Thanks to the alerting of another blog (jt), it seems that one of the best board games of all time, Settlers of Catan, has gone mainstream in the U.S. Not only has a blog with thousands of followers featured it, but it has a pretty lengthy writeup in Wired magazine: “Monopoly Killer: Perfect Board Game Redefines Genre.” Pretty impressive for a German board game involving bartering, building, a robber, and natural resources. We’ve been playing since college, and have even acquired some of the hardcore expansions: Cities & Knights and Seafarers. What a game. Here’s an excerpt from the article:
Since its introduction, The Settlers of Catan has become a worldwide phenomenon. It has been translated into 30 languages and sold a staggering 15 million copies (even the megahit videogame Halo 3 has sold only a little more than half that). It has spawned an empire of sequels, expansion packs, scenario books, card games, computer games, miniatures, and even a novel—all must-haves for legions of fans. And it has made its 56-year-old inventor a household name in every household that’s crazy about board games, and a lot that aren’t…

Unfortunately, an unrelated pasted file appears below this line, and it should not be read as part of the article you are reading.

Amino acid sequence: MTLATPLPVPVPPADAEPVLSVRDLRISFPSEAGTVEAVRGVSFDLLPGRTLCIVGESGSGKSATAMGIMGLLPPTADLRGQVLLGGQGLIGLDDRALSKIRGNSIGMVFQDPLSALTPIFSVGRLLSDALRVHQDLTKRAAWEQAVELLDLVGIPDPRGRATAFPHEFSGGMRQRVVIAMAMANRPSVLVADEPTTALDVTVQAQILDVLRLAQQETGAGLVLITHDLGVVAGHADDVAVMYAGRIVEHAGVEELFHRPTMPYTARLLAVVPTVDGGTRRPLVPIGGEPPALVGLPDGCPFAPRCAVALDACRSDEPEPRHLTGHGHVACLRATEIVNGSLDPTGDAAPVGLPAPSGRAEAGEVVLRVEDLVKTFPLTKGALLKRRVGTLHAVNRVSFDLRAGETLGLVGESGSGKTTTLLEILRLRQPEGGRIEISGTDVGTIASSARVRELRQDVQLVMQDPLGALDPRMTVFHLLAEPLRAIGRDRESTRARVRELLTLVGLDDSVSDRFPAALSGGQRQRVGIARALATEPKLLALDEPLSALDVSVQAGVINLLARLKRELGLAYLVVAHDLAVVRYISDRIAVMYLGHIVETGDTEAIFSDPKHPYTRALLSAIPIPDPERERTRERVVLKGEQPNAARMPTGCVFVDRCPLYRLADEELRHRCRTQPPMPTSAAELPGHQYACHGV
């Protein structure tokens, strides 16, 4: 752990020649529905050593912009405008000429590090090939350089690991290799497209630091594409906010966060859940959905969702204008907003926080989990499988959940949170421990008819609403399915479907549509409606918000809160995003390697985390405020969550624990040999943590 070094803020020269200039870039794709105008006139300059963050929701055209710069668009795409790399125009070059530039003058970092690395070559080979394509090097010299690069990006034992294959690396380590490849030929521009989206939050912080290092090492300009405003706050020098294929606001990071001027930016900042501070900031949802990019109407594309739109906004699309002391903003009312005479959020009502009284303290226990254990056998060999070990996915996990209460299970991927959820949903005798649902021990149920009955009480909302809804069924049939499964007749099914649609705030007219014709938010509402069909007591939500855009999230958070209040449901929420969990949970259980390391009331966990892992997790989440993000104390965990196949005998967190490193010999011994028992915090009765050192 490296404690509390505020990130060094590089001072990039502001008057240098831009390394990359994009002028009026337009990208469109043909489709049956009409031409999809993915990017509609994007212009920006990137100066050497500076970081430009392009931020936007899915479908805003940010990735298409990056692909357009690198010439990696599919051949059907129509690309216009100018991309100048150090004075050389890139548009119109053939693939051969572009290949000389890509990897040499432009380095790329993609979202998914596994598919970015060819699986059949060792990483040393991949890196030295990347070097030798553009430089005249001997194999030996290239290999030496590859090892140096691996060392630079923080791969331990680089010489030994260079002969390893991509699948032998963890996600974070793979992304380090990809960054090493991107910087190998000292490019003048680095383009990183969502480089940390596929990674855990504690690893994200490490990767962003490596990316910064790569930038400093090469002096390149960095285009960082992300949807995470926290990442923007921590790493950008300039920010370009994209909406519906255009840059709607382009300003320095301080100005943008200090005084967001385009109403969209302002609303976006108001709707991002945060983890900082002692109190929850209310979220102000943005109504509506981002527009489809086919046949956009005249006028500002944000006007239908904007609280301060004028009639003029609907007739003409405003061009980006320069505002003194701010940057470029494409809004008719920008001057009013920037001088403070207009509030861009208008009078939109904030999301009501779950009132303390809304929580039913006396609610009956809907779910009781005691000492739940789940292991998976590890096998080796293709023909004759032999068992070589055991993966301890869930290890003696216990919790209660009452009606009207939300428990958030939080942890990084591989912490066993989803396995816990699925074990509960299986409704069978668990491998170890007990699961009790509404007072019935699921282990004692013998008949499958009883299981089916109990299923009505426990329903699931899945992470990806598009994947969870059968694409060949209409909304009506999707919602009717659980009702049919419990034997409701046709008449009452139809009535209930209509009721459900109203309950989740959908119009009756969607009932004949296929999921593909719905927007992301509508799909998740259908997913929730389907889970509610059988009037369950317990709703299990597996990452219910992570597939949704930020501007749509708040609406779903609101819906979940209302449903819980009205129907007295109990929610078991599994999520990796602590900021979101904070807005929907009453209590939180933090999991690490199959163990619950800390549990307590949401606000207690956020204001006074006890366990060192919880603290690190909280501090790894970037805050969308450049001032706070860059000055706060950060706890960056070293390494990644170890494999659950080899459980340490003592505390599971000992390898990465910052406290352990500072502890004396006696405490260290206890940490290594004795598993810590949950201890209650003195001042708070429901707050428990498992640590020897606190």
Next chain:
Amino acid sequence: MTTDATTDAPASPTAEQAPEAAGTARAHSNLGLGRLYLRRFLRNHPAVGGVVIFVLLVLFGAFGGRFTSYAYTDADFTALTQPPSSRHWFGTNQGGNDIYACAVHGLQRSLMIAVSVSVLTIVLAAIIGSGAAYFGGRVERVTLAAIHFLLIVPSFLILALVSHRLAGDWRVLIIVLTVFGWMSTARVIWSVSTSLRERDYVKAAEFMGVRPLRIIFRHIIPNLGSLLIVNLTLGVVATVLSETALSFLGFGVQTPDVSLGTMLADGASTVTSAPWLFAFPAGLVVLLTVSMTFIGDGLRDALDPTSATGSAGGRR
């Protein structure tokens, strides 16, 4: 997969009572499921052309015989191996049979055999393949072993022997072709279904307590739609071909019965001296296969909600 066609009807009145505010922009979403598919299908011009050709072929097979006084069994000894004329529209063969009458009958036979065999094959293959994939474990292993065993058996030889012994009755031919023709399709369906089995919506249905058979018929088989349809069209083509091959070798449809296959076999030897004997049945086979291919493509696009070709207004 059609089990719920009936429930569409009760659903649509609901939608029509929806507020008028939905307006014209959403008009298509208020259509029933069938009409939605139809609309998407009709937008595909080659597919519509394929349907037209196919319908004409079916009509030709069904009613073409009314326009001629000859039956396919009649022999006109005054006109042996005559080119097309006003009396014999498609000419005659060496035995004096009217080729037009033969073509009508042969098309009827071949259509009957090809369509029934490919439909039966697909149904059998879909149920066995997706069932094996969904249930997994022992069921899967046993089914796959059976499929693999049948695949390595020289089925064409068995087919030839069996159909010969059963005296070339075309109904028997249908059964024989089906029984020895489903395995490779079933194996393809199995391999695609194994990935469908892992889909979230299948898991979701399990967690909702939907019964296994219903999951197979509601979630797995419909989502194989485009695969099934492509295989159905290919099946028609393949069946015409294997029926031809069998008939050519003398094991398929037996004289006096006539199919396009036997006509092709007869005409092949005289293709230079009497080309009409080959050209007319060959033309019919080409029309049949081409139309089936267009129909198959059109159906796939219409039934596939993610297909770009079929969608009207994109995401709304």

Settlers is now poised to become the biggest hit in the US since Risk. Along the way, it’s teaching Americans that board games don’t have to be either predictable fluff aimed at kids or competitive, hyperintellectual pastimes for eggheads. Through the complex, artful dance of algorithms and probabilities lurking at its core, Settlers manages to be effortlessly fun, intuitively enjoyable, and still intellectually rewarding, a potent combination that’s changing the American idea of what a board game can be.
Settlers is a big part of our social lives, as we play with many friends and family. To prove it, here are some pictures from the last couple years of us playing Settlers (I didn’t realize there were this many!).